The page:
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The attorney general who prosecuted the murderer of George Floyd has ideas on how to end police brutalityNPR
Updated May 23, 2023 at 7:02 AM m. ET
Three years have passed in one week since the murder of George Floyd.
The video showed Derek Chauvin, a white man, kneeling Floyd, a black man, to the ground for more than nine minutes as Floyd pleaded for his life. Within hours, protests broke out in Minneapolis and around the world.
Minnesota Governor Tim Walz has called on Attorney General Keith Ellison to bring charges against the former police officer who killed Floyd when local communities lost faith in district attorneys.
Ellison documented the process. and released to the public in the form of so-called booksBreaking the Wheel: Ending the Cycle of Police Violence, leaving on Tuesday.
In the video, Ellison recounts how he cried when he first saw the video of Floyd's murder.
"It was a moment of control for me, where you wonder, 'What am I doing? Why am I here?'" Ellison told NPR's Leila Fadell. "And my answer must be that we will do everything possible to ensure that the result is fair, equitable and correct."
during an interviewmorning edition, Ellison discussed the lessons learned from Chauvin's conviction for aiding and abetting the murder of Floyd and three other former police officers. He recalled his hope that outrage over Floyd's death would end state-sponsored violence against black Americans.
"We haven't gotten to the point where we can resolve this issue," Ellison said. “But I still believe that the George Floyd impeachment is still possible if we show the political will to stop it.”
Since then, there have been other high-profile police killings of black people, shootingsjaylan walkerin Akron, Ohio last June until he was beaten to deathtire nicholesA traffic stop in Memphis, Tennessee, earlier this year.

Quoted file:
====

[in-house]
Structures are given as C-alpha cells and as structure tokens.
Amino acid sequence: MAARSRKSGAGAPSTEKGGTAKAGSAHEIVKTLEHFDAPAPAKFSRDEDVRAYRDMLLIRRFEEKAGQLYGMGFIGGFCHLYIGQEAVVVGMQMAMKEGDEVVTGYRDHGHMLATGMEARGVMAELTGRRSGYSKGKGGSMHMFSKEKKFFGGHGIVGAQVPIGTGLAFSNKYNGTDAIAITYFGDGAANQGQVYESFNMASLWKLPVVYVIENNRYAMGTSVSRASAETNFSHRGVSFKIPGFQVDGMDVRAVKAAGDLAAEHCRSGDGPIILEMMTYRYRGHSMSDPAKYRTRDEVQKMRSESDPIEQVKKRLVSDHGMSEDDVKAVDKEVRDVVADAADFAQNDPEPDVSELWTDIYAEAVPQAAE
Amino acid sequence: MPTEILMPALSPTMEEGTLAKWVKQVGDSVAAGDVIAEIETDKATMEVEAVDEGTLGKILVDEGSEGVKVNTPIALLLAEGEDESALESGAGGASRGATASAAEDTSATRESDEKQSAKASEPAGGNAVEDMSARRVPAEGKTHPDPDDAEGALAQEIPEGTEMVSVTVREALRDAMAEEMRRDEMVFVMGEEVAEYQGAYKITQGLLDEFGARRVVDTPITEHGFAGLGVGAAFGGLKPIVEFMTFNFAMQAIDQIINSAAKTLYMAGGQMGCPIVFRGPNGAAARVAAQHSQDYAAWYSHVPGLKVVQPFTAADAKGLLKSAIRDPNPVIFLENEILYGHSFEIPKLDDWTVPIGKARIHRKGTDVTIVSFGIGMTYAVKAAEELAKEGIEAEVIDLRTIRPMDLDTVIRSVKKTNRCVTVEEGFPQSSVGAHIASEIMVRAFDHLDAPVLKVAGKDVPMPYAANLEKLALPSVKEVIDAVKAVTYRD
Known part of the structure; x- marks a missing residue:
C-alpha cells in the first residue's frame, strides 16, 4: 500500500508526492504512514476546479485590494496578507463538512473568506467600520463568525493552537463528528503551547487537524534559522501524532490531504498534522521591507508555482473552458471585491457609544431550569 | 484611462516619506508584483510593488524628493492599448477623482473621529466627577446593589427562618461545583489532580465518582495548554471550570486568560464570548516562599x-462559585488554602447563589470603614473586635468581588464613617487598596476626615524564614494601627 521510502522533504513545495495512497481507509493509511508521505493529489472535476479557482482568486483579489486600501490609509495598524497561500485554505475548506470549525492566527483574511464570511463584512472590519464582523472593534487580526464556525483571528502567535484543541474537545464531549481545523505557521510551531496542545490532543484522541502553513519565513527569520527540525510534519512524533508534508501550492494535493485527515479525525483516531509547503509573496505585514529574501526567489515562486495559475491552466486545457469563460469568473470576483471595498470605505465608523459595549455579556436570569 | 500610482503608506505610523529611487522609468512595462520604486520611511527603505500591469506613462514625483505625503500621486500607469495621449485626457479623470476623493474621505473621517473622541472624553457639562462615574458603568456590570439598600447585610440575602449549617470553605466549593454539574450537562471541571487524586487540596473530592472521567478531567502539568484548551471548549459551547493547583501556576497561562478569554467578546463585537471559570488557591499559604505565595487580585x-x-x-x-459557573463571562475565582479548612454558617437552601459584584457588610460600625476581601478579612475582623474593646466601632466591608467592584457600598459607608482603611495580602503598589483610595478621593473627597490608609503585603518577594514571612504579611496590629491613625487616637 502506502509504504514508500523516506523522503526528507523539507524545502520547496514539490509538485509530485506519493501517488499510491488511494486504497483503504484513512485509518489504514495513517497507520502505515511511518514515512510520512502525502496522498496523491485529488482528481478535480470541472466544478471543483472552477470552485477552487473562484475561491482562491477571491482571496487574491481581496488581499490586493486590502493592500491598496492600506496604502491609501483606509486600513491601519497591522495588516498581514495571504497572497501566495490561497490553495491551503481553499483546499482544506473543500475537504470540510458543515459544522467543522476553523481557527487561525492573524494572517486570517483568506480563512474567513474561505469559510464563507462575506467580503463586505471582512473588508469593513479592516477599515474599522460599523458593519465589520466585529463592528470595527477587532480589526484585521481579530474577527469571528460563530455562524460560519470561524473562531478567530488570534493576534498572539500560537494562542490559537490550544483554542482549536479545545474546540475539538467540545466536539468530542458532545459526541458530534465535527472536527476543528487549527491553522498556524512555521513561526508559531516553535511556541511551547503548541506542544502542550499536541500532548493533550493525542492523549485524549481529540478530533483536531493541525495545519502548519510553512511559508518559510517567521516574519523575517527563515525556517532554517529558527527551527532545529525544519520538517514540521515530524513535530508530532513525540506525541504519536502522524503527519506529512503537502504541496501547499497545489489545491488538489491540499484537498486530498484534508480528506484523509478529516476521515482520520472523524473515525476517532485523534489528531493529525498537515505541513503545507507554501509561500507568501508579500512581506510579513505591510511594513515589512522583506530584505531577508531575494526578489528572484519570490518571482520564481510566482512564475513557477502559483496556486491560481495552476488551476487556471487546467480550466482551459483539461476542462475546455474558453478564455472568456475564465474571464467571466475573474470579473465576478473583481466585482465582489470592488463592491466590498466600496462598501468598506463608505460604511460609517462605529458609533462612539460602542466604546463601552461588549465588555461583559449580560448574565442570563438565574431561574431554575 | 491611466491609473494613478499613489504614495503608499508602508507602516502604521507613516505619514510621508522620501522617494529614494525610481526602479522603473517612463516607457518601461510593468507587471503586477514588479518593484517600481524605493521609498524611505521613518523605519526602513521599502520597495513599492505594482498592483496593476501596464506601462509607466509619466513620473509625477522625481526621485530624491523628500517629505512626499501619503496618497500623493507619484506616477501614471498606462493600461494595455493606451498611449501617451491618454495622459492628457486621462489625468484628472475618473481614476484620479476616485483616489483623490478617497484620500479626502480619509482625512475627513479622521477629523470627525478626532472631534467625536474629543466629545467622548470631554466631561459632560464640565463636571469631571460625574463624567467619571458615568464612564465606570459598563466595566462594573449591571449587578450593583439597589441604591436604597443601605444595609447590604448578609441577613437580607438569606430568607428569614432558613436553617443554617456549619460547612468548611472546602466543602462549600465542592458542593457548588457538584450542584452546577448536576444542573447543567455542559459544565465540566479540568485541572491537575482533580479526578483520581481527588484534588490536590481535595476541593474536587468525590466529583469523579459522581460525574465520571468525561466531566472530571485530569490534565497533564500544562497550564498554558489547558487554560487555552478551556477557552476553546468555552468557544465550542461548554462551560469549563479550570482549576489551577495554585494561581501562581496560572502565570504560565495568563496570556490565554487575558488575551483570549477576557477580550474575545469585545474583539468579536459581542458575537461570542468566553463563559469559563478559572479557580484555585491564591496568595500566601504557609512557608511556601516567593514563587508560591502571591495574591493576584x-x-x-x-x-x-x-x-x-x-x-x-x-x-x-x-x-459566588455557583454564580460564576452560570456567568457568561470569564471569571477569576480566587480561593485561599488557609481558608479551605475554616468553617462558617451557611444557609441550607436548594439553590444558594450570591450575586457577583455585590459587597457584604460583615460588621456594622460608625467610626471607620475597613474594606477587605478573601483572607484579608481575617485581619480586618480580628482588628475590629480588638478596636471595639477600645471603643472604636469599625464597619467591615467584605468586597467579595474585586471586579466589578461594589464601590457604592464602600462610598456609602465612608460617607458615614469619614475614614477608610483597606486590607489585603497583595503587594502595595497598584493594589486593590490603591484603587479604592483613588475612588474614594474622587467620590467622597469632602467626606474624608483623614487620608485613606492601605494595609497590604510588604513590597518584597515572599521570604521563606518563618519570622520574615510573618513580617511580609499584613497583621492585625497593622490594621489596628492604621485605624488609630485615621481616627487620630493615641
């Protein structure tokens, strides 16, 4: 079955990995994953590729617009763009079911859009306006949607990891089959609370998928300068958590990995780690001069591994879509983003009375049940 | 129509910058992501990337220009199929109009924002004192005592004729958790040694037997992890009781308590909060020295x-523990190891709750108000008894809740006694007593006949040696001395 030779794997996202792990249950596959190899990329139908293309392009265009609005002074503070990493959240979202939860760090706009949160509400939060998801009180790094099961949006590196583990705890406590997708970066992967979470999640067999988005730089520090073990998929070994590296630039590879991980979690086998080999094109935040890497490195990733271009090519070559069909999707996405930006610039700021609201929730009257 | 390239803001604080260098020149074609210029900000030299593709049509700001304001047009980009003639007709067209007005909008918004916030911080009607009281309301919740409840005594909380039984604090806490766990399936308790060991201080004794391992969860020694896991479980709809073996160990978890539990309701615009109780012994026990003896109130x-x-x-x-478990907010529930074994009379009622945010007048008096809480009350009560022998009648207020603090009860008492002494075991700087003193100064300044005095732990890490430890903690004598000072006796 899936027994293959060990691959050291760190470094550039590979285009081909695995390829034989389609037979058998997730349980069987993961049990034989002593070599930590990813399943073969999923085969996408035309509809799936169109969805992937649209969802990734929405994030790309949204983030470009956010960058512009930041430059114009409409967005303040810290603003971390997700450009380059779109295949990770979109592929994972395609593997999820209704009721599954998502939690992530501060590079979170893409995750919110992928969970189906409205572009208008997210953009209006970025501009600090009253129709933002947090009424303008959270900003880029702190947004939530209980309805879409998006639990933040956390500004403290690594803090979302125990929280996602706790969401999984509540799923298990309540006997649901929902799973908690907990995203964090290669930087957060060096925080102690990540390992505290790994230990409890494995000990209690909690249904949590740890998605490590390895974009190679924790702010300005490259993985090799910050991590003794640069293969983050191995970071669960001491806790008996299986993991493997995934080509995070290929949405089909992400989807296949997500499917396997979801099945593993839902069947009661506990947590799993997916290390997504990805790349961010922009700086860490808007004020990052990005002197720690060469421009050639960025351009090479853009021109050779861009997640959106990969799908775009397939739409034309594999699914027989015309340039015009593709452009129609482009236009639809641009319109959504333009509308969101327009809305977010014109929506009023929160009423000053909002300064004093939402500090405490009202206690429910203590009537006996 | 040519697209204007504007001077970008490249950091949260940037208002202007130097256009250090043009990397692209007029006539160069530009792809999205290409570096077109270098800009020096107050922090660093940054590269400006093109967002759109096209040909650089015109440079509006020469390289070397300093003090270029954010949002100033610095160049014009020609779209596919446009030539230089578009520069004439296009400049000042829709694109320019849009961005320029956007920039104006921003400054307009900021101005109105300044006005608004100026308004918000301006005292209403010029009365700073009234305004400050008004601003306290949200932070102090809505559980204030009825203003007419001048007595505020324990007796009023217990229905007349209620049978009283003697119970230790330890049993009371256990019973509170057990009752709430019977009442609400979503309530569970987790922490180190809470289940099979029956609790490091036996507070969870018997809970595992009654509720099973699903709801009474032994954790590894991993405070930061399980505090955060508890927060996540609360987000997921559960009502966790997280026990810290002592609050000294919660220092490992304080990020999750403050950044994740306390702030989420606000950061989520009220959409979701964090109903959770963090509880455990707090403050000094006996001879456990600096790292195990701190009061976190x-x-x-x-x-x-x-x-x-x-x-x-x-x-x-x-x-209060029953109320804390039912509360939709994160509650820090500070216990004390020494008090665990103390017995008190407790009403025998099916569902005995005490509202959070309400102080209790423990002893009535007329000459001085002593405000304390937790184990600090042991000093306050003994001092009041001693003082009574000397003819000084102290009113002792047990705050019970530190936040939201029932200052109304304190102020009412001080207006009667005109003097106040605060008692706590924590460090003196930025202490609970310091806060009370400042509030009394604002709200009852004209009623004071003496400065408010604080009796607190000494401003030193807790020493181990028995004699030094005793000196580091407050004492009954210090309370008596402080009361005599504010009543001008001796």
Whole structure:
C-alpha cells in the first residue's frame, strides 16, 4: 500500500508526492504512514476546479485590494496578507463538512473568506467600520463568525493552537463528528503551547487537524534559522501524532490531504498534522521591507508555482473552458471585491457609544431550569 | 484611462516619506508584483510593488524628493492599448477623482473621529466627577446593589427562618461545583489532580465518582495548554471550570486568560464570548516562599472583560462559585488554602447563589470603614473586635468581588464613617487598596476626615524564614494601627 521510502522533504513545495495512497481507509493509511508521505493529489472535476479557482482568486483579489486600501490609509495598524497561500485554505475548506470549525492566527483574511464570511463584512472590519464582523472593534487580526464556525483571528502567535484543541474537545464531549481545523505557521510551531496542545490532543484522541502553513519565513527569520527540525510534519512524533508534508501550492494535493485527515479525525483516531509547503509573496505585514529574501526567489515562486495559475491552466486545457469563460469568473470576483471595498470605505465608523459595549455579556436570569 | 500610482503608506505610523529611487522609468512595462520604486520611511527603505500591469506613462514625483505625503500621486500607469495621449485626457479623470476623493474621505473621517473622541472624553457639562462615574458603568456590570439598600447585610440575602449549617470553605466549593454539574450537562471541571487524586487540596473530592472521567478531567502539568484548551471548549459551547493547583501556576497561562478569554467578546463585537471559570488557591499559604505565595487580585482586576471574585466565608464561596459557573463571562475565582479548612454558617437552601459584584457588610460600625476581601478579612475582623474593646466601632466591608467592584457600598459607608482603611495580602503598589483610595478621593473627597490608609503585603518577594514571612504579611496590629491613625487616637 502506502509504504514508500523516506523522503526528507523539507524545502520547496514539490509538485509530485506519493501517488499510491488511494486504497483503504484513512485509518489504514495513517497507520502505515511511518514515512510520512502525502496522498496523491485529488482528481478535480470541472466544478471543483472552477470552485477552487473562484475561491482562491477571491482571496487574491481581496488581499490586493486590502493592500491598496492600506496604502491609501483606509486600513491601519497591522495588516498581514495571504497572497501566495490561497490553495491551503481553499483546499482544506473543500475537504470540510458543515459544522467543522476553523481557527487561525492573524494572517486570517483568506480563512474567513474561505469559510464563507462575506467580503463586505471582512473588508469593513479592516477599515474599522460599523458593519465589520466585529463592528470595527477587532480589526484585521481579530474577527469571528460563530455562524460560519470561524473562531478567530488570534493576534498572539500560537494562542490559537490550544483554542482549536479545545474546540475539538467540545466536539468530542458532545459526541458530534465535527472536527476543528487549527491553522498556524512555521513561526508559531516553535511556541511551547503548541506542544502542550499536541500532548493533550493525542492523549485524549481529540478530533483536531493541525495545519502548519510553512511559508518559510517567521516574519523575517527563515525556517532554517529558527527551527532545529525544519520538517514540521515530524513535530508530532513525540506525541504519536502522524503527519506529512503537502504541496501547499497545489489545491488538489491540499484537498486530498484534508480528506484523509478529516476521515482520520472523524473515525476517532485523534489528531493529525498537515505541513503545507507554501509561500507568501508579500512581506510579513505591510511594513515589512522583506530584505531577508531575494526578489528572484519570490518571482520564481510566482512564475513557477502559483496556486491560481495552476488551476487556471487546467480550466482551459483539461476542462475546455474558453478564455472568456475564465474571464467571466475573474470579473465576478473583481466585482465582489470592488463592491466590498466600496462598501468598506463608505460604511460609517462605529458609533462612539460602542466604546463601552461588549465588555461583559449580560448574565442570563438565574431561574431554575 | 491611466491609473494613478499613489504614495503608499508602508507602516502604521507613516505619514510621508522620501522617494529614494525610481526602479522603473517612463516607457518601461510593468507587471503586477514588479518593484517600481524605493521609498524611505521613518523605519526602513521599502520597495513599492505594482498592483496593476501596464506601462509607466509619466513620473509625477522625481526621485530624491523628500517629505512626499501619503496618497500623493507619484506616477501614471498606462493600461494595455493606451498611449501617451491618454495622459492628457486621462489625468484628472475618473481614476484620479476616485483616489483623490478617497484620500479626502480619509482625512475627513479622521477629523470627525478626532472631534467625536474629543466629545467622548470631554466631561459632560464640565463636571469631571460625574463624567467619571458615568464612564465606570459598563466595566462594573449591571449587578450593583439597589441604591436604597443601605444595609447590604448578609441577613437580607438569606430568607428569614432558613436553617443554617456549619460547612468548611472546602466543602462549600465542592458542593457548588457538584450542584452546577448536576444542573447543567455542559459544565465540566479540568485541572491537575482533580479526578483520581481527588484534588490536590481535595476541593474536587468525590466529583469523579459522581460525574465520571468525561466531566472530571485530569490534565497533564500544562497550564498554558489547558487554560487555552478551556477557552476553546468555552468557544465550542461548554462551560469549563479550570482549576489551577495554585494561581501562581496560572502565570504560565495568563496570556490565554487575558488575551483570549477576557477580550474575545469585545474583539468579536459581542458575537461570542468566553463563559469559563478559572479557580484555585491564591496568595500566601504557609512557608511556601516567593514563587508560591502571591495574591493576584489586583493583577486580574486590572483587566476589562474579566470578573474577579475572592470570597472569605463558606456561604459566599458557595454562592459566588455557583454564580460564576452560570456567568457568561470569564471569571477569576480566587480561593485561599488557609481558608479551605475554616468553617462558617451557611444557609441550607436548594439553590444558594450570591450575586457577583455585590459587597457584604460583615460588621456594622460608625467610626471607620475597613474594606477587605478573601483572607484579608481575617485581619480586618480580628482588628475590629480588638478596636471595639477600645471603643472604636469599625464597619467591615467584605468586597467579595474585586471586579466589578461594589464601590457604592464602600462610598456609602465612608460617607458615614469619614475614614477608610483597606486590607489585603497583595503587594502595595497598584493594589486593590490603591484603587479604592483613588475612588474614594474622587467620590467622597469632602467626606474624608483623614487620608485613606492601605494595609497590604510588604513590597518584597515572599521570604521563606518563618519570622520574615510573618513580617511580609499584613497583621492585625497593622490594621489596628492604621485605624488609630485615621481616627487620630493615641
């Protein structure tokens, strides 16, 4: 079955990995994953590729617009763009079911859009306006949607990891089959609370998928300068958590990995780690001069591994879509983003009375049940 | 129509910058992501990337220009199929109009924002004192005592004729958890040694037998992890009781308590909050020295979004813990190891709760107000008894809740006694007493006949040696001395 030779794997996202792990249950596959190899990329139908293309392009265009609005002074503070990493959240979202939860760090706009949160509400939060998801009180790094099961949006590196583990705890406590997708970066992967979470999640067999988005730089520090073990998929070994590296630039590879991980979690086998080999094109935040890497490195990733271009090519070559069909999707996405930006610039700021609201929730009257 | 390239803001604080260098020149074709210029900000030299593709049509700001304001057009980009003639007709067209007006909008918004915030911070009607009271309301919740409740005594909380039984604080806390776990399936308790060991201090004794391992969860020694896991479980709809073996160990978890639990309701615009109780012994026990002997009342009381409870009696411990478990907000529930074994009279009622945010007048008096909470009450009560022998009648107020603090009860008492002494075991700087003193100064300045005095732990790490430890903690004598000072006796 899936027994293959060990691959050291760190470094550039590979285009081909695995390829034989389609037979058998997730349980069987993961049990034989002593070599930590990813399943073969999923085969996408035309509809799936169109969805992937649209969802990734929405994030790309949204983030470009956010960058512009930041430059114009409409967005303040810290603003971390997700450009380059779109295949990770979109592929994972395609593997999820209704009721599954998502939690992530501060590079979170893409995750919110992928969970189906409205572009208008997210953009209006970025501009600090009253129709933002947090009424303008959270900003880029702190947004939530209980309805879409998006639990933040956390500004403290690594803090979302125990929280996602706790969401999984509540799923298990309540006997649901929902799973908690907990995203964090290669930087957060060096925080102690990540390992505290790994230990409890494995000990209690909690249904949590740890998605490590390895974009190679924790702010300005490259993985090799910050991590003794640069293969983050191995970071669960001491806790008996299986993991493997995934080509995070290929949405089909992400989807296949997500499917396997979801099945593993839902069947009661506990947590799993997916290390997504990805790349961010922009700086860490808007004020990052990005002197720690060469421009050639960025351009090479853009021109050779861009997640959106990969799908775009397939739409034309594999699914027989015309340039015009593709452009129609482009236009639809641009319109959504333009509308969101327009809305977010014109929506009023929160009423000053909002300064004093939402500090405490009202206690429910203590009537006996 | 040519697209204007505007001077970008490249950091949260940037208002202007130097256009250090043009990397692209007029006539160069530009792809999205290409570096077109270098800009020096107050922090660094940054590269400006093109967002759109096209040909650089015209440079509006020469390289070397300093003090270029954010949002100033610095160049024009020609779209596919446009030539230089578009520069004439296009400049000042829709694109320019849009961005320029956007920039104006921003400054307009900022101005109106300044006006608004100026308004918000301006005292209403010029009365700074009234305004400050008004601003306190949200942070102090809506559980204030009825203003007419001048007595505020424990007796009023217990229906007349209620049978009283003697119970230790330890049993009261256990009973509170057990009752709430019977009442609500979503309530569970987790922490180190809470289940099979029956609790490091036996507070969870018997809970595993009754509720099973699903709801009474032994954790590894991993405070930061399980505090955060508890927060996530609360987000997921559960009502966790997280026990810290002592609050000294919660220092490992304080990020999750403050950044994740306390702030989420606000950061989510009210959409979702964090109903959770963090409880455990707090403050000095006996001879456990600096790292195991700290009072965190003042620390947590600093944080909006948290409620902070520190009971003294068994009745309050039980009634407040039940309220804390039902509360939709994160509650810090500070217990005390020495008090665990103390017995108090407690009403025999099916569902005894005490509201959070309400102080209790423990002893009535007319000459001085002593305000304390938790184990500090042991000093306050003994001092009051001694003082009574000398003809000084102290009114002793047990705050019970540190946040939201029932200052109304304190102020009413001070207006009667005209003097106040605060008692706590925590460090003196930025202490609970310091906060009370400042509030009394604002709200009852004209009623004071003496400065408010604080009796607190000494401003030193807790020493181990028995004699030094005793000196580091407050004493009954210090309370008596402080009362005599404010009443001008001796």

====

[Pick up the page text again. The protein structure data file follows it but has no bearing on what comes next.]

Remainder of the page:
The officials involved are not always held to account: last month, for example, a grand juryrefuse to press chargesEight officers were hired who shot Walker, and former Louisville officer Myles Cosgrove, who shot Breonna Taylor in March 2020.in neighboring counties.
Ellison says that's why the federal police in particular need to be reformed.George Floyd Police Justice Act, so necessary. (The bill passed the Democratic-controlled House in 2021 but stalled in the Senate.)
"Unfortunately, until we end this phenomenon, things like this are likely to happen again," Ellison said. "We need the help of others to understand what happened so they can make the right political decisions."
For his part, he believes that making history is the key to finally ending the pattern of police brutality.
"I hope someone reads this book and says, 'This could happen in my town.' Here are some of the things they did here that worked. Here are some of the things they did that probably didn't work," Ellison said. "We can use them to prevent and stop this problem, breaking the wheel."
This interview has been edited for length and clarity.
On the importance of the reform of the federal police